The broad goal of this proposal is to understand mechanisms for synaptic plasticity that may underlie aspects of learning and memory, especially for regulation of glutamate receptors by calcium-dependent protein phosphorylation. Neuronal circuits store information in the brain and the synaptic strength in these neuronal circuits is modified by neuronal activity. Long-term potentiation (LTP) is a well-established model for synaptic plasticity in the brain, that is, brief trains of high frequency stimulation cause an abrupt and sustained increase in the efficacy of synaptic transmission. Excitatory synapses in the brain use glutamate as the major neurotransmitter, and the glutamate signal is mediated by 2 classes of ionotropic glutamate receptors, NMDA-sensitive glutamate receptors and AMPA-sensitive glutamate receptors. During LTP, calcium influx through NMDA receptors increases functional AMPA receptors at synapses through the activation of protein kinases. However, the relevant targets for protein kinases/phosphatases and the downstream mechanisms that enhance synaptic transmission remain unclear. In the past 5 years I have studied the molecular machinery that stabilizes AMPA receptors at synapses and identified transmembrane AMPA receptor regulatory proteins (TARPs) as key molecules. TARPs modulate both trafficking of AMPA receptors to synapses and the gating and pharmacology of the channel at synapses. TARPs are quantitatively phosphorylated in the brain and LTP requires TARPs phosphorylation;thus, TARPs are critical substrates in LTP. We now propose to determine how phosphorylation of TARPs regulates the AMPA receptor trafficking that may underlie synaptic plasticity. We will determine the kinase-specific phosphorylation sites in TARPs that lead to increases in the number of synaptic AMPA receptors. We will also identify molecules that interact with TARPs in a phosphorylation-dependent manner. In addition, we will use genetic approaches to determine how targeted disruption of TARP phosphorylation modulates the synaptic targeting and stability of AMPA receptors. These studies will provide fundamental insights into the mechanisms that regulate synaptic strength at excitatory synapses regards to learning and memory. In addition, these studies will contribute to the development of pharmaceutical drugs as cognition enhancers to treat neurodegenerative disease patients including Alzheimer disease, Parkinson's disease and others.

Public Health Relevance

Neuronal circuits store information in the brain and the synaptic strength in these neuronal circuits is modified by neuronal activity. The broad goal of this proposal is to understand mechanisms for synaptic plasticity that may underlie aspects of learning and memory. These studies will provide fundamental insights into the mechanisms that regulate synaptic strength at excitatory synapses regards to learning and memory. In addition, these studies will contribute to the development of pharmaceutical drugs as cognition enhancers to treat neurodegenerative disease patients including Alzheimer disease, Parkinson's disease and others.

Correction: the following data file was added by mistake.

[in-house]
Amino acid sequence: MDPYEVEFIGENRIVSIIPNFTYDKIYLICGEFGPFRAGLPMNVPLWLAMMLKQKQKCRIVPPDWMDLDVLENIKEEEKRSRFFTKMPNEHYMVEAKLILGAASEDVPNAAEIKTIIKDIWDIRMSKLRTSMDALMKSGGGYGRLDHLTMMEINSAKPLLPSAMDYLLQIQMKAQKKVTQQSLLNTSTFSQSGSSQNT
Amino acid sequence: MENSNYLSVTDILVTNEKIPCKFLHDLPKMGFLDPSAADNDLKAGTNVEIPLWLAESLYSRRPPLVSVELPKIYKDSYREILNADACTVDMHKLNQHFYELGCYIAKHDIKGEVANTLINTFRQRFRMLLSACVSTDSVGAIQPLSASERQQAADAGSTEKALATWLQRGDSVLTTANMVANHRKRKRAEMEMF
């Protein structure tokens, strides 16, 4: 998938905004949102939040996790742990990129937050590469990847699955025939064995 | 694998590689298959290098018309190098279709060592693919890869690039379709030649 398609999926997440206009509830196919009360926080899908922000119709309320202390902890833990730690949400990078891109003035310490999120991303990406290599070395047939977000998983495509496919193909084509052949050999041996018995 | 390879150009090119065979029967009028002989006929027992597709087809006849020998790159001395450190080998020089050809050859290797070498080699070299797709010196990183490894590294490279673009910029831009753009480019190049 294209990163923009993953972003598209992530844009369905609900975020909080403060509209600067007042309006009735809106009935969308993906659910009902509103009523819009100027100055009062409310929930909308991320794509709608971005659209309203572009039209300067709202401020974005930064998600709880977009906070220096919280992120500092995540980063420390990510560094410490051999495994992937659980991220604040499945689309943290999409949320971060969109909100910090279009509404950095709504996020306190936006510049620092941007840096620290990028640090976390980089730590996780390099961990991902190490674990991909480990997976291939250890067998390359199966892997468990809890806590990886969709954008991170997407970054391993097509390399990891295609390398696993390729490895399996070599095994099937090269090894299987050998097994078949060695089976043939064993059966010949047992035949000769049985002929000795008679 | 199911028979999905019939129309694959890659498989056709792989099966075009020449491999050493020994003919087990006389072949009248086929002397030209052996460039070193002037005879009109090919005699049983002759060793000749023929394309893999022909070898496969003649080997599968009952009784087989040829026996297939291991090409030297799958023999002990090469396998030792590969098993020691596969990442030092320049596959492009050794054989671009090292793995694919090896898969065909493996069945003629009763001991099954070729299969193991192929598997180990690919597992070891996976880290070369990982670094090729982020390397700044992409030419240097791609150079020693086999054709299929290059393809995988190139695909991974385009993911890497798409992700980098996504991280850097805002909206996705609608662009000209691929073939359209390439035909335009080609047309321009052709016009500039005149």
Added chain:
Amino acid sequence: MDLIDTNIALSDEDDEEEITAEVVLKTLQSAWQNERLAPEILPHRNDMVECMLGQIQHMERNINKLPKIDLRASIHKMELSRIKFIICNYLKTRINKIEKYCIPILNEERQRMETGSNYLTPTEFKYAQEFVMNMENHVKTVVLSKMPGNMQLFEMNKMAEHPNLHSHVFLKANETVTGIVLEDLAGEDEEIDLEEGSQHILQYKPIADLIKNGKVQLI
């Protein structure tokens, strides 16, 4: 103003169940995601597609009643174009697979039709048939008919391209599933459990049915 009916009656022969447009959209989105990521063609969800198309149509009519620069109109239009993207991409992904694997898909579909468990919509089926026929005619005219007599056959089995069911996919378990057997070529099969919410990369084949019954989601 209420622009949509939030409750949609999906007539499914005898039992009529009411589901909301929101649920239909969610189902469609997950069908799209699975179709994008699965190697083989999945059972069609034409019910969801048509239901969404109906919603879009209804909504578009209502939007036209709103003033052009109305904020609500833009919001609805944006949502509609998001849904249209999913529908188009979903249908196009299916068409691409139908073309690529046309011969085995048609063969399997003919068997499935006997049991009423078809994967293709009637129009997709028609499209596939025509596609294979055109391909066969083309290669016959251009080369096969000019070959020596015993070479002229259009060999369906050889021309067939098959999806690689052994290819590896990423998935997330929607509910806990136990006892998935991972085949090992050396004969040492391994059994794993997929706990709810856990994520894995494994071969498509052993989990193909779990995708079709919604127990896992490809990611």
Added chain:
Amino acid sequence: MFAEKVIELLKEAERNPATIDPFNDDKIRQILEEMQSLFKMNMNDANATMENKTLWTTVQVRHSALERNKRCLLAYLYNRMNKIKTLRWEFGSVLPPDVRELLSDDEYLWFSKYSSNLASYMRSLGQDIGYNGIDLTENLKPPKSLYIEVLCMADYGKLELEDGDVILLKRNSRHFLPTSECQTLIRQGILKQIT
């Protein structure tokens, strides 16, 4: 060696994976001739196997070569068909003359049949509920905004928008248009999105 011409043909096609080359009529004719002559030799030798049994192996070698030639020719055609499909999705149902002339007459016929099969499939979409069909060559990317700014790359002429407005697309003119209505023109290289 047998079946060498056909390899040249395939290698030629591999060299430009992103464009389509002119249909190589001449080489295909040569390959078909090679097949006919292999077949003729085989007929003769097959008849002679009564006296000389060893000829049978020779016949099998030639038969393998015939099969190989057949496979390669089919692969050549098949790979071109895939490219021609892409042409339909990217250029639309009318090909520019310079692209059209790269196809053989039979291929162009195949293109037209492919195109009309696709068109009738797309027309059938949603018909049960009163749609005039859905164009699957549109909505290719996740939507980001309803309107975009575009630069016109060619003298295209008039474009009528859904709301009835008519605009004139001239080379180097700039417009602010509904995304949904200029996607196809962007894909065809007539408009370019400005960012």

Agency
National Institute of Health (NIH)
Institute
National Institute of Mental Health (NIMH)
Type
Research Project (R01)
Project #
5R01MH077939-05
Application #
8288194
Study Section
Synapses, Cytoskeleton and Trafficking Study Section (SYN)
Program Officer
Asanuma, Chiiko
Project Start
2008-08-01
Project End
2013-06-30
Budget Start
2012-07-01
Budget End
2013-06-30
Support Year
5
Fiscal Year
2012
Total Cost
$368,651
Indirect Cost
$145,901
Name
Yale University
Department
Physiology
Type
Schools of Medicine
DUNS #
043207562
City
New Haven
State
CT
Country
United States
Zip Code
06520
Yan, Dan; Yamasaki, Miwako; Straub, Christoph et al. (2013) Homeostatic control of synaptic transmission by distinct glutamate receptors. Neuron 78:687-99
Yan, Dan; Tomita, Susumu (2012) Defined criteria for auxiliary subunits of glutamate receptors. J Physiol 590:21-31
Sumioka, Akio; Brown, Travis E; Kato, Akihiko S et al. (2011) PDZ binding of TARP?-8 controls synaptic transmission but not synaptic plasticity. Nat Neurosci 14:1410-2
Gill, Martin B; Kato, Akihiko S; Roberts, Matthew F et al. (2011) Cornichon-2 modulates AMPA receptor-transmembrane AMPA receptor regulatory protein assembly to dictate gating and pharmacology. J Neurosci 31:6928-38
Kim, Kwang S; Yan, Dan; Tomita, Susumu (2010) Assembly and stoichiometry of the AMPA receptor and transmembrane AMPA receptor regulatory protein complex. J Neurosci 30:1064-72
Kato, Akihiko S; Gill, Martin B; Ho, Michelle T et al. (2010) Hippocampal AMPA receptor gating controlled by both TARP and cornichon proteins. Neuron 68:1082-96
Sumioka, Akio; Yan, Dan; Tomita, Susumu (2010) TARP phosphorylation regulates synaptic AMPA receptors through lipid bilayers. Neuron 66:755-67
Tomita, Susumu (2010) Regulation of ionotropic glutamate receptors by their auxiliary subunits. Physiology (Bethesda) 25:41-9